Brian Blessed: ‘I’m not bitter towards the West End. I just can’t stand it’
Brian Blessed, it turns out, is a hard man to interrupt. Not until nearly two hours after my arrival at the Surrey home he shares with his actor wife Hildegard Neil does he gets around to answering questions about The Hollow, the Agatha Christie play he’s directed at the Mill at Sonning, which opened last week.
He’s not being deliberately evasive – on several occasions, in fact, Blessed himself remarks that we really must discuss the production – it’s just that there are so many stage career highlights he wants to cover first. The 79-year-old actor has a lot of anecdotes to share.
He starts at the beginning: “I was brought up in the amateur theatre, the son of a coal miner.” And we’re off.
“The amateur theatre was very powerful in South Yorkshire. In the villages, everywhere you went, the coal miners and the bricklayers at the vast industrial sites put on opera, musicals, plays and Shakespeare by the dozen.”
The young Blessed took part in theatre productions at school and attended drama workshops at the weekends whenever he could, along with Patrick Stewart, his “little companion” from the next village.
“He was the son of a milkman and me the son of a coal hewer,” recalls Blessed. Initially it was “unthinkable that we could progress as professionals”. But regular contact with representatives of institutions such as the Bradford Civic Theatre and Bristol Old Vic Theatre School gradually made the idea seem like a goal worth pursuing. Then, at the age of 16, Blessed auditioned for the Mexborough Theatre Guild.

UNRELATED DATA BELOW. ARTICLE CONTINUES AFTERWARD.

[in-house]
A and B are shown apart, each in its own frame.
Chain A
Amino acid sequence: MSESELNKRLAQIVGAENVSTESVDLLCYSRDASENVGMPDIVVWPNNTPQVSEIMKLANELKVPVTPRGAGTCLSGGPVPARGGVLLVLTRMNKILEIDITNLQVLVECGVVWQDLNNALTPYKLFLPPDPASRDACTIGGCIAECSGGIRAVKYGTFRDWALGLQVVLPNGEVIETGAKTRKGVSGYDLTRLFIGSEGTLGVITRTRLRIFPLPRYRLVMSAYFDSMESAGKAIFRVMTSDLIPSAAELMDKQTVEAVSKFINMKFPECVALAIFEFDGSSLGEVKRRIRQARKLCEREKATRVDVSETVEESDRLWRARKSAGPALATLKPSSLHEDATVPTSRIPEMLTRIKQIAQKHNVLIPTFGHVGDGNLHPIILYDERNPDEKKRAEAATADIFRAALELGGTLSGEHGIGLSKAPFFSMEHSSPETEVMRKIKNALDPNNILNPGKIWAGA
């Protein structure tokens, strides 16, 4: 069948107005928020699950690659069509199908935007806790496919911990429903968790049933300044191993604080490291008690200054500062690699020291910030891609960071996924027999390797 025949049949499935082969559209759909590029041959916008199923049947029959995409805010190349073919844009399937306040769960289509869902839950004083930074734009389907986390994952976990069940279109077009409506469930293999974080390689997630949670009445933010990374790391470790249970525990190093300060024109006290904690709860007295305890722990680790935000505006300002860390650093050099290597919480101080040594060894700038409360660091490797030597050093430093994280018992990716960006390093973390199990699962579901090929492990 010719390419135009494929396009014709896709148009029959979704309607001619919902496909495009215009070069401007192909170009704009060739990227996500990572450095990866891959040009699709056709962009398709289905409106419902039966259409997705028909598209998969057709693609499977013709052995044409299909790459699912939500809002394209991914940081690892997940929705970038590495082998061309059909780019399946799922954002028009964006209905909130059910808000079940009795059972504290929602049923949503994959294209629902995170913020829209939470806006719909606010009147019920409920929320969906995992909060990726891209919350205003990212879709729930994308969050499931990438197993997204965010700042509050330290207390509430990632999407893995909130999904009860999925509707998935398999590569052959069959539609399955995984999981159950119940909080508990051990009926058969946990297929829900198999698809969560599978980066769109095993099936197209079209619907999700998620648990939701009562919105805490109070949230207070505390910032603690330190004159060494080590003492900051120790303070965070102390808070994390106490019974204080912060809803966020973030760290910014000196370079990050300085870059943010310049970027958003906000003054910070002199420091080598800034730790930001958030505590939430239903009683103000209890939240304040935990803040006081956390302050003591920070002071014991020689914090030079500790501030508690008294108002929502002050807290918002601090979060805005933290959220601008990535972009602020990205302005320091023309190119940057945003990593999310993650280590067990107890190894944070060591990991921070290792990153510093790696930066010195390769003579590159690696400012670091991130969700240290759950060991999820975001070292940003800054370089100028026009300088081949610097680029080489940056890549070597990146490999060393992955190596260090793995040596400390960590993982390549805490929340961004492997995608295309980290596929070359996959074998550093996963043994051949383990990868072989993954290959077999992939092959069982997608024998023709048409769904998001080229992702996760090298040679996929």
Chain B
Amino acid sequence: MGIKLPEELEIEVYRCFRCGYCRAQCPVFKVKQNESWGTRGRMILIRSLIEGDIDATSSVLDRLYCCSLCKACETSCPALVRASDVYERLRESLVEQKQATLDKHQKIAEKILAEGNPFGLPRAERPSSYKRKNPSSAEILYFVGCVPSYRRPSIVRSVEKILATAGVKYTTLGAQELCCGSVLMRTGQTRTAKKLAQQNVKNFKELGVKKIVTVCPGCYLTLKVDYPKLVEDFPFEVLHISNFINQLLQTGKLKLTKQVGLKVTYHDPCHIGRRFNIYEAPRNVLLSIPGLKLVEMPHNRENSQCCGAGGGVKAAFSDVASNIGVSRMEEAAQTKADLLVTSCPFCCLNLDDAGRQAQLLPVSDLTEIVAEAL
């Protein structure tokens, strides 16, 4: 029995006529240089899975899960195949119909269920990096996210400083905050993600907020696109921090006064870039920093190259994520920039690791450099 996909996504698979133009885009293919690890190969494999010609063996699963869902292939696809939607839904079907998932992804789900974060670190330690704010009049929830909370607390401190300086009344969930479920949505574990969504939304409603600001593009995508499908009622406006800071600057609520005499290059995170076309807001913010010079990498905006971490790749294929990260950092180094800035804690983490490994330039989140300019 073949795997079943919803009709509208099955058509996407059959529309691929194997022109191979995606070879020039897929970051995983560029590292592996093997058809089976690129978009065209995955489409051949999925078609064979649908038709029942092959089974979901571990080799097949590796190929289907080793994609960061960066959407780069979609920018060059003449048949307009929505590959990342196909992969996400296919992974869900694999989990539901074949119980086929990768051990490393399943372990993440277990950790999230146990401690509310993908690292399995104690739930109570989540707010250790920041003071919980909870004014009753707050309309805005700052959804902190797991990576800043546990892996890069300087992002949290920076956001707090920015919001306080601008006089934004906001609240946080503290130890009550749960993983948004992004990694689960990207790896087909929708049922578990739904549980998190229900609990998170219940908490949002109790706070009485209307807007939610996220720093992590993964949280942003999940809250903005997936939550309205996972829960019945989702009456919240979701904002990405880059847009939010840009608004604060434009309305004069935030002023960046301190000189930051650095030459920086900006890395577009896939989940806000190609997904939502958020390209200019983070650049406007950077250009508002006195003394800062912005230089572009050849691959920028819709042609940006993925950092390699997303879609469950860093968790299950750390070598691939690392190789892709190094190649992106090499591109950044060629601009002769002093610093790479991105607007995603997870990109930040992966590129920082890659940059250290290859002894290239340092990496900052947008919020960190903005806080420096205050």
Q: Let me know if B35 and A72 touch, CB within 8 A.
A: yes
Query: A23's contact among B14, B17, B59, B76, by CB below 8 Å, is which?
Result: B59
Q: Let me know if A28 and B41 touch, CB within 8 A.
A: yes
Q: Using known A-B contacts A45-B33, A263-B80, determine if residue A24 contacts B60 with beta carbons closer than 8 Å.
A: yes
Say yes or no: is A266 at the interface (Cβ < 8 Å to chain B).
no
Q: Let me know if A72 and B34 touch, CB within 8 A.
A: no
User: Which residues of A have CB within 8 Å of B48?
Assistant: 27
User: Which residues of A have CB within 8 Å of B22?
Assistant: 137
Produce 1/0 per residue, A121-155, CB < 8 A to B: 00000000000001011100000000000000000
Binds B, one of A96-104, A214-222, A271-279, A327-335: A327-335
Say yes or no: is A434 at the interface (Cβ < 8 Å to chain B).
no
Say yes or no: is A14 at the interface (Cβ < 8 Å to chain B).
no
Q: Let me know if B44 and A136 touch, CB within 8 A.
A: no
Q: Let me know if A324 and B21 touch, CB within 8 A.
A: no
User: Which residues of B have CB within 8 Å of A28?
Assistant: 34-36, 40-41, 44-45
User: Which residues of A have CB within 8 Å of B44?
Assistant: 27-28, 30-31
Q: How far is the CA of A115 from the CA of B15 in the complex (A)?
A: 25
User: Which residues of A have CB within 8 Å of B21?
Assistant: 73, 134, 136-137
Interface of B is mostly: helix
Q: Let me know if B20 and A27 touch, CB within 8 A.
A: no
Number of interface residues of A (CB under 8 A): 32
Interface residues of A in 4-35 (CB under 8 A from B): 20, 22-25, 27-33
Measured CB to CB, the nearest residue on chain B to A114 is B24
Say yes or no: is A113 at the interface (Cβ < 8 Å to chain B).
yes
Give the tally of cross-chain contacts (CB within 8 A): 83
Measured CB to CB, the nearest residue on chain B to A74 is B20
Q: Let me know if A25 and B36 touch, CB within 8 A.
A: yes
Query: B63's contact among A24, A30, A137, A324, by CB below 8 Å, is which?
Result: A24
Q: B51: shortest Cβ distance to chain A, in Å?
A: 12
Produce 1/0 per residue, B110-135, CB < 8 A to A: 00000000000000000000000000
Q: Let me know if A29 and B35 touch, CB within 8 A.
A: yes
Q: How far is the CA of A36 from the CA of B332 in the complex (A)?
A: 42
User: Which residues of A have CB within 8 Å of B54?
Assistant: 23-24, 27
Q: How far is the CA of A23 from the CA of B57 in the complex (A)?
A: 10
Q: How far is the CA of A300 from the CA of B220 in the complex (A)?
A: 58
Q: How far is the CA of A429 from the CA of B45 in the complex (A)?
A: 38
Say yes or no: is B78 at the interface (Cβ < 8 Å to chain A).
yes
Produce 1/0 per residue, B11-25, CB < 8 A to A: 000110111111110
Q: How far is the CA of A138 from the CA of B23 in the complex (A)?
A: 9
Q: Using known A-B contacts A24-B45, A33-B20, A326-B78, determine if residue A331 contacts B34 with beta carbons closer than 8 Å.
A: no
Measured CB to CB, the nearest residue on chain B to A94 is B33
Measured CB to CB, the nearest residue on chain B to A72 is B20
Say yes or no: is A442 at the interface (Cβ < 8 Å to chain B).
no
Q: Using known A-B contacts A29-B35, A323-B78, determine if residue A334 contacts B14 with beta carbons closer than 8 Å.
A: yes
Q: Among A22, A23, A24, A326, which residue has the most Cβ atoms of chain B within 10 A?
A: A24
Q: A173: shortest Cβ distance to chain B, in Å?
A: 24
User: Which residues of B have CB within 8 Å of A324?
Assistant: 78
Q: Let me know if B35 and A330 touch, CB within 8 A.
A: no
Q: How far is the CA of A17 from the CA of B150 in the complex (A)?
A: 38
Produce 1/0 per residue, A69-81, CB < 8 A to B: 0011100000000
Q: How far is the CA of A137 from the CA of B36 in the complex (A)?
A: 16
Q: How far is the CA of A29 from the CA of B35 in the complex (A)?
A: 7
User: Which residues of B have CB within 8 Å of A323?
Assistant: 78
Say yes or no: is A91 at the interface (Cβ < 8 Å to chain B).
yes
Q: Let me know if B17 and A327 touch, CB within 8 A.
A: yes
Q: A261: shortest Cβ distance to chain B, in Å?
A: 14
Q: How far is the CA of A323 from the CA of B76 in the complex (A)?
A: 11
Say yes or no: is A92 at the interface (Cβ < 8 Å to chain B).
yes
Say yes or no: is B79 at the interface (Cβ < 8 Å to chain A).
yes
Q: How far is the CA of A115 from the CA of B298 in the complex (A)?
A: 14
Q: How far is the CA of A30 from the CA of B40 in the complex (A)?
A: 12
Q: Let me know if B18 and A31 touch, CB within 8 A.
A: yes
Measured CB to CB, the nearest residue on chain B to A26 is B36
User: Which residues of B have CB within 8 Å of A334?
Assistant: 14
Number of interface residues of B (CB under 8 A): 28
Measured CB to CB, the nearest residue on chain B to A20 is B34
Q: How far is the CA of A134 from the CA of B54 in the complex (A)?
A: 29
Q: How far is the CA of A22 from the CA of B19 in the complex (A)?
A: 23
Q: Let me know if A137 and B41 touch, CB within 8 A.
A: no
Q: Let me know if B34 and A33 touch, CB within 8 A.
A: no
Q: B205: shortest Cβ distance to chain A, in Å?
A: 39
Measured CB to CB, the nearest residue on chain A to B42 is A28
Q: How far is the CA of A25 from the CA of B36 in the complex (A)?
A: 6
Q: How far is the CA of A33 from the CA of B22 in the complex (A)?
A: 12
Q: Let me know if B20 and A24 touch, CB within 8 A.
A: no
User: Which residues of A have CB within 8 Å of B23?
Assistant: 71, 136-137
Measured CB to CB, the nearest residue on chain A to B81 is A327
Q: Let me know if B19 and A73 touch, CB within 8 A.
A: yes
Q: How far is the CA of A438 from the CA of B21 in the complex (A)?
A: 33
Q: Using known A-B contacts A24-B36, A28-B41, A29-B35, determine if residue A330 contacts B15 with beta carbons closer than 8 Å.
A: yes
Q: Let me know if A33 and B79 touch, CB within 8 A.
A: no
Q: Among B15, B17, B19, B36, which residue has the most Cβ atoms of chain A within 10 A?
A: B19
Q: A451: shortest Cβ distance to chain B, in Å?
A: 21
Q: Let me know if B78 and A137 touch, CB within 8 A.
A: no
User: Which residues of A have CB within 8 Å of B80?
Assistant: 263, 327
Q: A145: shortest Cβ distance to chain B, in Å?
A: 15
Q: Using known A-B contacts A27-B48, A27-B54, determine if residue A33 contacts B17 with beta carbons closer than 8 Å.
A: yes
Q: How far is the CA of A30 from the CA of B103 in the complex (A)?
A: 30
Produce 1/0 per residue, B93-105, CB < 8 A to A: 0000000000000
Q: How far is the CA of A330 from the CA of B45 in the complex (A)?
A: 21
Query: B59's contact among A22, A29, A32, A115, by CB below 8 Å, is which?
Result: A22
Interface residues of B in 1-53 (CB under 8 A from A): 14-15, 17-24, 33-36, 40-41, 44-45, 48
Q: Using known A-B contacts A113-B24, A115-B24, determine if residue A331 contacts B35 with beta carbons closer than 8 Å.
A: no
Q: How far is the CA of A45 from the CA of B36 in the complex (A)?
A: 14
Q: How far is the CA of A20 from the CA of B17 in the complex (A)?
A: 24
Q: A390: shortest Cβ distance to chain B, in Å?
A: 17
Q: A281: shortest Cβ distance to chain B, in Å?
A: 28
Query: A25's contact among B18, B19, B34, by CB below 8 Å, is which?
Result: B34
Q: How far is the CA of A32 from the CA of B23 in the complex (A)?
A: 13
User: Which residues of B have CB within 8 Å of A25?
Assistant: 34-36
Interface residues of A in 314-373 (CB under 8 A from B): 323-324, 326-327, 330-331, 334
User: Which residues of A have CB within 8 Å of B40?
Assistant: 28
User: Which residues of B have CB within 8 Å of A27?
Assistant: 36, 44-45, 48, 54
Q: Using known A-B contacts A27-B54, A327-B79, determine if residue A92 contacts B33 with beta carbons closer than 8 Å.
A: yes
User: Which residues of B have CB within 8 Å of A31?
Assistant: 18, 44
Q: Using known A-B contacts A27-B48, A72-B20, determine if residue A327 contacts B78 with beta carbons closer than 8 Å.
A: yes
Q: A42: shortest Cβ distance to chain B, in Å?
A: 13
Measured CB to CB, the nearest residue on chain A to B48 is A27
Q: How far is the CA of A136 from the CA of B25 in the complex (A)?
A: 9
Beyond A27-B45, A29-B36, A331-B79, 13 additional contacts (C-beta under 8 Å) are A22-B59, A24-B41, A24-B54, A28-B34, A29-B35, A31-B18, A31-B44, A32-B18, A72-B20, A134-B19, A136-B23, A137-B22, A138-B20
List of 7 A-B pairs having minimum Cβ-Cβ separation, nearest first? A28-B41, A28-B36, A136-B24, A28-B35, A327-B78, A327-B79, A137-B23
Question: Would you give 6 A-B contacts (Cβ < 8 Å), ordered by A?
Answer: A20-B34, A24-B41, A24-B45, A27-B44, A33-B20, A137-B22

“The man in charge was called Harry Dobson, who was the most influential man I ever met,” says the actor, letting loose a flurry of nostalgia: stories he has clearly told dozens of times before, complete with rich impressions of the major players, plenty of pregnant pauses, and bits and bobs of various plays and films where necessary to illustrate his point.
“He gave me a part in [Sidney Howard play] The Silver Cord and I was shaking with excitement. He said, ‘You’ve got a lot to learn, Brian lad, but I’ll teach you.’ ”
Taming his thick Yorkshire accent, while not losing his “Yorkshire expression” – was an important part of the training. “People would say to my mother – and they had thick accents – ‘Mrs Blessed, we can’t understand a word your Brian says.’ ” The time taken over this process clearly paid off – today Blessed is the proud owner of arguably the most recognisable voice in the business.
The next stage of the plan was BOVTS, and Blessed couldn’t wait to put it into action. So impatient was he to begin that, despite knowing full well that he would have to undertake national service before being eligible for drama school, he took himself down to the Theatre Royal to audition at the age of 16. The game was up almost immediately, he remembers.
“Horror of horrors, there was [legendary Bristol Old Vic teacher] Rudi Shelly, whom I’d been on a drama course with,” he says. They liked his audition pieces but didn’t believe him for a moment when he told them he was 20. Fortunately, they were just as impressed when he auditioned again a few years later – following a suitably dramatic period with the parachute regiment of the Royal Air Force – and Blessed was accepted on to the course in 1956.
Q&A: Brian Blessed
What was your first professional theatre job? Assistant stage manager and small parts, Nottingham Playhouse, 1958-59.
What’s your next job? Directing The Hollow at the Mill at Sonning.
What do you wish someone had told you when you were starting out? Be careful of your determination, it can blunt you as an actor.
Who or what was your biggest influence? Harry Dobson at The Mexborough Theatre Guild.
What’s your best advice for auditions? Find original pieces that no one else has used.
If you hadn’t been an actor, what would you have been? Astronaut!
Do you have any theatrical superstitions or rituals? No, none.
Having had to leave school early to work to support his family when his father was injured in a mining accident, Blessed was particularly grateful for the academic opportunities available thanks to the BOV’s ties to the drama department of Bristol University. “I could educate myself more and more. I was surrounded by teachers who could help me,” he says.